have a sting in the/its tail Definition in the Cambridge English Dictionary Cambridge dictionaries logo
Cambridge Dictionaries online Cambridge Dictionaries online

The most popular online dictionary and thesaurus for learners of English

Definition of “have a sting in the/its tail” - English Dictionary

"have a sting in the/its tail" in British English

See all translations

have a sting in the/its tail

UK
If something, such as a ​story or ​joke, has a sting in the/​itstail, it has a ​surprising or ​unpleasantpart that only ​becomesclear at the end.
(Definition of have a sting in the/its tail from the Cambridge Advanced Learners Dictionary & Thesaurus © Cambridge University Press)
Translations of “have a sting in the/its tail”
in Chinese (Simplified) (故事、笑话等)结局出人意料,结尾煞风景…
in Chinese (Traditional) (故事、笑話等)結局出人意料,結尾倒人胃口…
Add Cambridge dictionaries to your browser to your website
There, their and they’re – which one should you use?
There, their and they’re – which one should you use?
by ,
April 27, 2016
by Liz Walter If you are a learner of English and you are confused about the words there, their and they’re, let me reassure you: many, many people with English as their first language share your problem! You only have to take a look at the ‘comments’ sections on the website of, for example, a popular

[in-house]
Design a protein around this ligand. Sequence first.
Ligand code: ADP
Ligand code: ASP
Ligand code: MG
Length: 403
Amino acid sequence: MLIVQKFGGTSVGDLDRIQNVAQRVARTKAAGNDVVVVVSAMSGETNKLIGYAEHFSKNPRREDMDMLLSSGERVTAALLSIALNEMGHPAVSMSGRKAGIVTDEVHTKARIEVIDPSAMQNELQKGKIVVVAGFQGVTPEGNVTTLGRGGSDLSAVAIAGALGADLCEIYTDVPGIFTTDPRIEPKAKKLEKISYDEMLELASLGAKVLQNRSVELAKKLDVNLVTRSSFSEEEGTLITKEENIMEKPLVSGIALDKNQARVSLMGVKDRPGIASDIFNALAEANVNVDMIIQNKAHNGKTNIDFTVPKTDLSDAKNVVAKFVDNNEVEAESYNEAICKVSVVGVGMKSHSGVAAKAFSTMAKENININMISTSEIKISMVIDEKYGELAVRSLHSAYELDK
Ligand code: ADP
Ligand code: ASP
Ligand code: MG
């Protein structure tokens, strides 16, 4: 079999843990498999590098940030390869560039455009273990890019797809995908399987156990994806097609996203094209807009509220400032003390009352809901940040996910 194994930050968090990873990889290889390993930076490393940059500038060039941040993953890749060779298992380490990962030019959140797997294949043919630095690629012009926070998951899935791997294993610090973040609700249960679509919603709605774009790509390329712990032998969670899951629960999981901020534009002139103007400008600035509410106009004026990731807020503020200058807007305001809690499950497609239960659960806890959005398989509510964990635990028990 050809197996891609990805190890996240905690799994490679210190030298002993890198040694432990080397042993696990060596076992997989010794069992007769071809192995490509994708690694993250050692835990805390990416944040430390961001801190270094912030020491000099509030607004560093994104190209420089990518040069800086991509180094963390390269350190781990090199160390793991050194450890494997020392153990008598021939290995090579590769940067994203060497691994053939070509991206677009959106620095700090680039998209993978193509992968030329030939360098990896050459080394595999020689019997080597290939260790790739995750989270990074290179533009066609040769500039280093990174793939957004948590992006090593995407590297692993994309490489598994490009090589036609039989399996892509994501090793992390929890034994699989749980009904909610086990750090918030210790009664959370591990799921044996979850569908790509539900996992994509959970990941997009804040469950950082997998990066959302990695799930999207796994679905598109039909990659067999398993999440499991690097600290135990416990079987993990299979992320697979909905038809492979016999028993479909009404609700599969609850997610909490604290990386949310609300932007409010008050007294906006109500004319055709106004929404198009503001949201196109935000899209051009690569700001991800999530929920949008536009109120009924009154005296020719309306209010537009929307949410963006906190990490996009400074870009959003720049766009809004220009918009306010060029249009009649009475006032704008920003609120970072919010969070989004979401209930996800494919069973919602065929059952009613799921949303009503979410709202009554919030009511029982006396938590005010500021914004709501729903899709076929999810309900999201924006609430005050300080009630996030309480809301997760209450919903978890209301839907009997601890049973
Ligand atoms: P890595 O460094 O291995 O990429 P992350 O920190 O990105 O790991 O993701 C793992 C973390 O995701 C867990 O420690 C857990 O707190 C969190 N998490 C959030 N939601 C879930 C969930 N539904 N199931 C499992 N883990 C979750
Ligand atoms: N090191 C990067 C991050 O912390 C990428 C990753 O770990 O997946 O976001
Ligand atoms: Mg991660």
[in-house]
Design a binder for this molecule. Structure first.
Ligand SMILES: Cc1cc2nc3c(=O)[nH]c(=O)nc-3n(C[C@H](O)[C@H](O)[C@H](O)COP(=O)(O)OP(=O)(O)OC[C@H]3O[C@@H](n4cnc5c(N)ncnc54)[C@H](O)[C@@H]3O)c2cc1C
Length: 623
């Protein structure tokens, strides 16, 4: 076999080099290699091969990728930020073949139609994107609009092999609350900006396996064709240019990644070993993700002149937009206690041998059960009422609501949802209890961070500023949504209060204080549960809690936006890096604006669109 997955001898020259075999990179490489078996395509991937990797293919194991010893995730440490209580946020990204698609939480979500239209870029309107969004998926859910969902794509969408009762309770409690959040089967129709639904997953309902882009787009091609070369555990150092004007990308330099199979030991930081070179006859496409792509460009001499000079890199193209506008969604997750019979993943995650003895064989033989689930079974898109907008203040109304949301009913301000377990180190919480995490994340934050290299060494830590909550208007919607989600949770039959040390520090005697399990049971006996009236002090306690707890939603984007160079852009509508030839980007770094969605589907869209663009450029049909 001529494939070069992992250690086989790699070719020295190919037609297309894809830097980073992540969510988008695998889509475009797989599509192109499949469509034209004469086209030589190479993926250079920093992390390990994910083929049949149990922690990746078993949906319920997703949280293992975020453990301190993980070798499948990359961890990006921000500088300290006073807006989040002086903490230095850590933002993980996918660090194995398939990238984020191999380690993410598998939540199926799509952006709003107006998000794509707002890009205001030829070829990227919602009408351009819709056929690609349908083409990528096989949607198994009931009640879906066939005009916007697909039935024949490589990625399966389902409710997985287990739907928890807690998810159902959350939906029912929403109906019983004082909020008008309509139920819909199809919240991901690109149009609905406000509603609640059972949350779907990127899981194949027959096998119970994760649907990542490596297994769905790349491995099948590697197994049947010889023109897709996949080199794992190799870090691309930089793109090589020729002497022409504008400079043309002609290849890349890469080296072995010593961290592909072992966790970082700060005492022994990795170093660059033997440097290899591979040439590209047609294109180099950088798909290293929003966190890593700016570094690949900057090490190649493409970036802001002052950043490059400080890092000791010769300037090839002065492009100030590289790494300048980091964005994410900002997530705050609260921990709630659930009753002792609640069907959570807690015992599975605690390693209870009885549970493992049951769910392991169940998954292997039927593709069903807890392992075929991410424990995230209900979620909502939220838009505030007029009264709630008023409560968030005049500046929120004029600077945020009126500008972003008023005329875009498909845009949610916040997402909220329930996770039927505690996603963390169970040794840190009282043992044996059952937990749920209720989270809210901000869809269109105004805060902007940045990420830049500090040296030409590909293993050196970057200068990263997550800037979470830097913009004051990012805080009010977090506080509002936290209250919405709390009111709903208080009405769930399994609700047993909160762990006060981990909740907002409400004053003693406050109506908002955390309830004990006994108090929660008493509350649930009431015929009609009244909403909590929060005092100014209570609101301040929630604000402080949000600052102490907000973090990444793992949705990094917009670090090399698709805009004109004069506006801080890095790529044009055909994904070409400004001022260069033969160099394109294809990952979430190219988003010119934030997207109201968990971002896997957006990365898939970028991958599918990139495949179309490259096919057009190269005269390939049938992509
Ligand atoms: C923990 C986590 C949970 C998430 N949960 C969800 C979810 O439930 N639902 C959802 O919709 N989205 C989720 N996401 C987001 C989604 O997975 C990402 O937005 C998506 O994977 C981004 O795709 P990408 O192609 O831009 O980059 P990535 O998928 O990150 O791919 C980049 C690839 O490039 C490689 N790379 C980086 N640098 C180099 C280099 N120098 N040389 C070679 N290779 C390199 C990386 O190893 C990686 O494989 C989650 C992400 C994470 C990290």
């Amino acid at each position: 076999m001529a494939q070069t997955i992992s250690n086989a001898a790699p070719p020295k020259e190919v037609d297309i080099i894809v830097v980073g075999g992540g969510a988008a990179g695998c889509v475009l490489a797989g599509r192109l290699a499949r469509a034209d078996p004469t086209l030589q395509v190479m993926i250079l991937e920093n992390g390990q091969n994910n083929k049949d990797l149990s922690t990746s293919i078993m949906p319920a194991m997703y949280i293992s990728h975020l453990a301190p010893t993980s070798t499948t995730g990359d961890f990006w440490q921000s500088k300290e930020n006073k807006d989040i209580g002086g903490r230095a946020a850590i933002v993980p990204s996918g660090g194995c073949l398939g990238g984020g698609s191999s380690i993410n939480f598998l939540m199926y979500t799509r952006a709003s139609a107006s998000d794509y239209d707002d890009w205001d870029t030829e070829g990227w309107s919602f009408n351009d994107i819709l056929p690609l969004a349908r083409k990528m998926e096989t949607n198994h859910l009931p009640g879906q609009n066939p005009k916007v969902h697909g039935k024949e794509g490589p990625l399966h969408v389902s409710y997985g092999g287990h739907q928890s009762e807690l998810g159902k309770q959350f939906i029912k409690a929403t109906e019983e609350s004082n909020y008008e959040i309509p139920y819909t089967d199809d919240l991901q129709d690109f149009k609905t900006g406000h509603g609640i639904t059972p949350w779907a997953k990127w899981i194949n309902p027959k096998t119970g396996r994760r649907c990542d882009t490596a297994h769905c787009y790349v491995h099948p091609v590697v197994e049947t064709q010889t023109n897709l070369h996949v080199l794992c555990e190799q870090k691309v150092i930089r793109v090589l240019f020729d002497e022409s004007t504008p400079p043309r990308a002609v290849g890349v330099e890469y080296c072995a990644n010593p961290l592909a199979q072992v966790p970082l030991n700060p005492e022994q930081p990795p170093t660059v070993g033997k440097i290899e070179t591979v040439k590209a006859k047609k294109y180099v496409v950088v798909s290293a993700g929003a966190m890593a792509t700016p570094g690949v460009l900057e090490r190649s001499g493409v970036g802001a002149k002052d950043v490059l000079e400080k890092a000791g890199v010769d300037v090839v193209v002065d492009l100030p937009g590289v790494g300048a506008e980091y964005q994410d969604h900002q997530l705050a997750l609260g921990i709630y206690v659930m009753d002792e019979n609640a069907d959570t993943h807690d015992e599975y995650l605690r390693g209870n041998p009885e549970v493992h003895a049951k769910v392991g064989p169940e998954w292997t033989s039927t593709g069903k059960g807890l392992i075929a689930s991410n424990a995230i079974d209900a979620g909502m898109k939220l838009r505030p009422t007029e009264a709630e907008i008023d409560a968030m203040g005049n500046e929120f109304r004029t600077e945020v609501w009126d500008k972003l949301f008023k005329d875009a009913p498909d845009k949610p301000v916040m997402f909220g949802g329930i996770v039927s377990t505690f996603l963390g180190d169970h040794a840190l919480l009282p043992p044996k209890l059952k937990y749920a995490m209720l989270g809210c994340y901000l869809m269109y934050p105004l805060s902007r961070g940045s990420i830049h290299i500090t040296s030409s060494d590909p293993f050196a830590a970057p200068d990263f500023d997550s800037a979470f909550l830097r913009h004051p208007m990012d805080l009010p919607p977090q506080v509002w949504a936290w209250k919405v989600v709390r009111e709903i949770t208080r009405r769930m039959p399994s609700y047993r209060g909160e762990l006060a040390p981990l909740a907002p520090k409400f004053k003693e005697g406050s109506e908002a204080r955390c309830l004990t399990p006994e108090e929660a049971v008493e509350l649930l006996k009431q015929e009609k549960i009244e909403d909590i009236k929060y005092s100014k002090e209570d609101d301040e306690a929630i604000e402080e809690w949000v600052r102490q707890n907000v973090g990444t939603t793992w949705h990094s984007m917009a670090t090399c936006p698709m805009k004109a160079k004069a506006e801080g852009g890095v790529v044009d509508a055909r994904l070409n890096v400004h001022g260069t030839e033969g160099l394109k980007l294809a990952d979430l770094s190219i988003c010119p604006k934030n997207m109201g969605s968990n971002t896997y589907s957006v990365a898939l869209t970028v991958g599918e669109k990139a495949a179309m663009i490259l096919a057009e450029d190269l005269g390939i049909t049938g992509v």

Read More 

Word of the Day

cracker

a thin, flat, hard biscuit, especially one eaten with cheese

Word of the Day

bio-banding noun
bio-banding noun
April 25, 2016
in sport, grouping children according to their physical maturity rather than their age ‘When we’re grouping children for sports, we do it by age groups, but the problem is that, within those age groups, we get huge variations in biological age,’ said Dr Sean Cumming, senior lecturer at the University of Bath’s department for

Read More